Canada’s unions are applauding the federal government for showing international leadership on climate change by announcing plans to tie Canada’s phase-out of coal-fired electricity with a just transition for affected workers and communities.
“Canada has seized an opportunity to set an international example by proving that ambitious economic restructuring policy to save our planet can be drafted with people at the its centre,” said CLC President Hassan Yussuff.
Against the backdrop of the United Nations Framework Convention on Climate Change in Bonn, Germany, Environment and Climate Change Minister Catherine McKenna today pledged federal support for the Government of Alberta’s just transition plan for coal workers, including flexibility on Employment Insurance and working with Western Economic Diversification Canada to support the communities affected by the phasing out of coal power.
“Workers who have dedicated their lives to keeping the lights on can’t be expected to shoulder the burden of meeting Canada’s emission reduction targets,” said Alberta Federation of Labour President Gil McGowan, who was a part of the Canadian labour delegation to this year’s UN Climate Conference.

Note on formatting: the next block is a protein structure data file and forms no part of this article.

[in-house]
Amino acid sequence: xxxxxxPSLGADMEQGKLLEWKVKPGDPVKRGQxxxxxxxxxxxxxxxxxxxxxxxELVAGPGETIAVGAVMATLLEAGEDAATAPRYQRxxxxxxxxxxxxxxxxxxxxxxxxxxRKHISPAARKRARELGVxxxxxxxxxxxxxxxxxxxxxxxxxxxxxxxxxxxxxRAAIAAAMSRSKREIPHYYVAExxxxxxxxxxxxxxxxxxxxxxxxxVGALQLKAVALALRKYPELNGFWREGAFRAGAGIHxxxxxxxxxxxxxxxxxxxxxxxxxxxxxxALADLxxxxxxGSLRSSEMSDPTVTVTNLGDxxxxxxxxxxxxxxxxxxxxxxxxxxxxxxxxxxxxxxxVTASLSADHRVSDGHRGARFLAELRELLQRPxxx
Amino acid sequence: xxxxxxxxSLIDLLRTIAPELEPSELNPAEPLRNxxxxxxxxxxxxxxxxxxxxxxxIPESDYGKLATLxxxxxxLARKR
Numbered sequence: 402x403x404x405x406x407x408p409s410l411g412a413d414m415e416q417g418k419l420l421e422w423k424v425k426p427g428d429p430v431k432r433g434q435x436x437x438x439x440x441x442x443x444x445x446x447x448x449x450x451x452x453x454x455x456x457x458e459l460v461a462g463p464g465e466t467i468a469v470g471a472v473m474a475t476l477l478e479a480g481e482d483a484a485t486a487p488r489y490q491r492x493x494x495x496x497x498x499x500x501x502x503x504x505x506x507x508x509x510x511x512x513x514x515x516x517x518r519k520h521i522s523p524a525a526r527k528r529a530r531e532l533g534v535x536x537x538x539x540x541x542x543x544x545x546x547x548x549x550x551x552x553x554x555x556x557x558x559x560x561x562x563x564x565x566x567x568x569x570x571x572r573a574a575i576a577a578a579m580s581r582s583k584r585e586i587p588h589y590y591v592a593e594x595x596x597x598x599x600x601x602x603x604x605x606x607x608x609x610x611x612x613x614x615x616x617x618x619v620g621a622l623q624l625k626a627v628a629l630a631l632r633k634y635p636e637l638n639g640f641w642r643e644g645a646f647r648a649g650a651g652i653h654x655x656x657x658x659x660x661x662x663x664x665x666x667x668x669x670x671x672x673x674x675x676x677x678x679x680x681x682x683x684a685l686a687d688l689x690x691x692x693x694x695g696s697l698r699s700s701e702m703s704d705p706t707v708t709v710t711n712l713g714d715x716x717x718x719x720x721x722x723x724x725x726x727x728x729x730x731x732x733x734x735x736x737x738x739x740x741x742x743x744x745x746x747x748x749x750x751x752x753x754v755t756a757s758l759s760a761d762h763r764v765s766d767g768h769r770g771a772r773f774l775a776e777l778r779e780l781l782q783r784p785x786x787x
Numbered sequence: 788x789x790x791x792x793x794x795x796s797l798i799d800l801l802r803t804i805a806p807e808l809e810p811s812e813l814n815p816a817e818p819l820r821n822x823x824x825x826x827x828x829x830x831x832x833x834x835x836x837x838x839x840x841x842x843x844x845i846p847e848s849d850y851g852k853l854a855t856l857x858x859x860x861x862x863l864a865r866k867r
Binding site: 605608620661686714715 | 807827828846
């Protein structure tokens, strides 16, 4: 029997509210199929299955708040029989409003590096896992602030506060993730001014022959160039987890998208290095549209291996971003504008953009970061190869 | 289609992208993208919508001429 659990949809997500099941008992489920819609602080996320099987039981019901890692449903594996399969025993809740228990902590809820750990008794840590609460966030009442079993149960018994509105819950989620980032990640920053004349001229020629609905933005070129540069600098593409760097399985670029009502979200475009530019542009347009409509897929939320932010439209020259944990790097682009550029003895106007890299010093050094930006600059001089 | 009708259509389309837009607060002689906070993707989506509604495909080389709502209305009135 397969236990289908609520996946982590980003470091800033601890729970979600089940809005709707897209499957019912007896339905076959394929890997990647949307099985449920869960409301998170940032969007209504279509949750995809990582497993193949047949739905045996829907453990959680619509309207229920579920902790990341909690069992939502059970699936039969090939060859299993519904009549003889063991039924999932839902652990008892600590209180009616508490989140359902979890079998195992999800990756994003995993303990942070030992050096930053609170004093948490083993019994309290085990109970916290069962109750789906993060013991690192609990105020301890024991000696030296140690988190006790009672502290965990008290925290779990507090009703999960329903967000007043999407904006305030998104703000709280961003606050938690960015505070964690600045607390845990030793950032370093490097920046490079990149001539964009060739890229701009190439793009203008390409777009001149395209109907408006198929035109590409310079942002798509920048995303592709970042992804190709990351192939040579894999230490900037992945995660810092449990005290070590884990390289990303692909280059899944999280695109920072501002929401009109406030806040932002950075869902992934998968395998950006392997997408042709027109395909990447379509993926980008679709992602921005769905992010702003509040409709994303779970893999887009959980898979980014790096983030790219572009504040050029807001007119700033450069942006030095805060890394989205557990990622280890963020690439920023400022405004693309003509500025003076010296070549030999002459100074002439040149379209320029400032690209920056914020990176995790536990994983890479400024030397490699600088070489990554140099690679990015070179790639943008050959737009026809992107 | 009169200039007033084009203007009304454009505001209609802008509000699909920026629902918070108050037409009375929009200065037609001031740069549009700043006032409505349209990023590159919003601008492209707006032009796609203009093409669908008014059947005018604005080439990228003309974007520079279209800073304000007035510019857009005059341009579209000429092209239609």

“The Alberta government took the lead by promising income support, retraining, and local economic development, but workers needed assurance that Ottawa was equally committed to their livelihoods and their communities. We now have that commitment,” he added.
Minister McKenna also announced her government’s intention to work directly with the Canadian Labour Congress to launch a task force that will develop a national framework on Just Transition for workers affected by the coal phase-out. The work of this task force is slated to begin early in the new year.
“Unions are committed to working in partnership with the governments of Canada and Alberta to meet Canada’s international climate change targets while making sure that no one is left behind,” said Yussuff.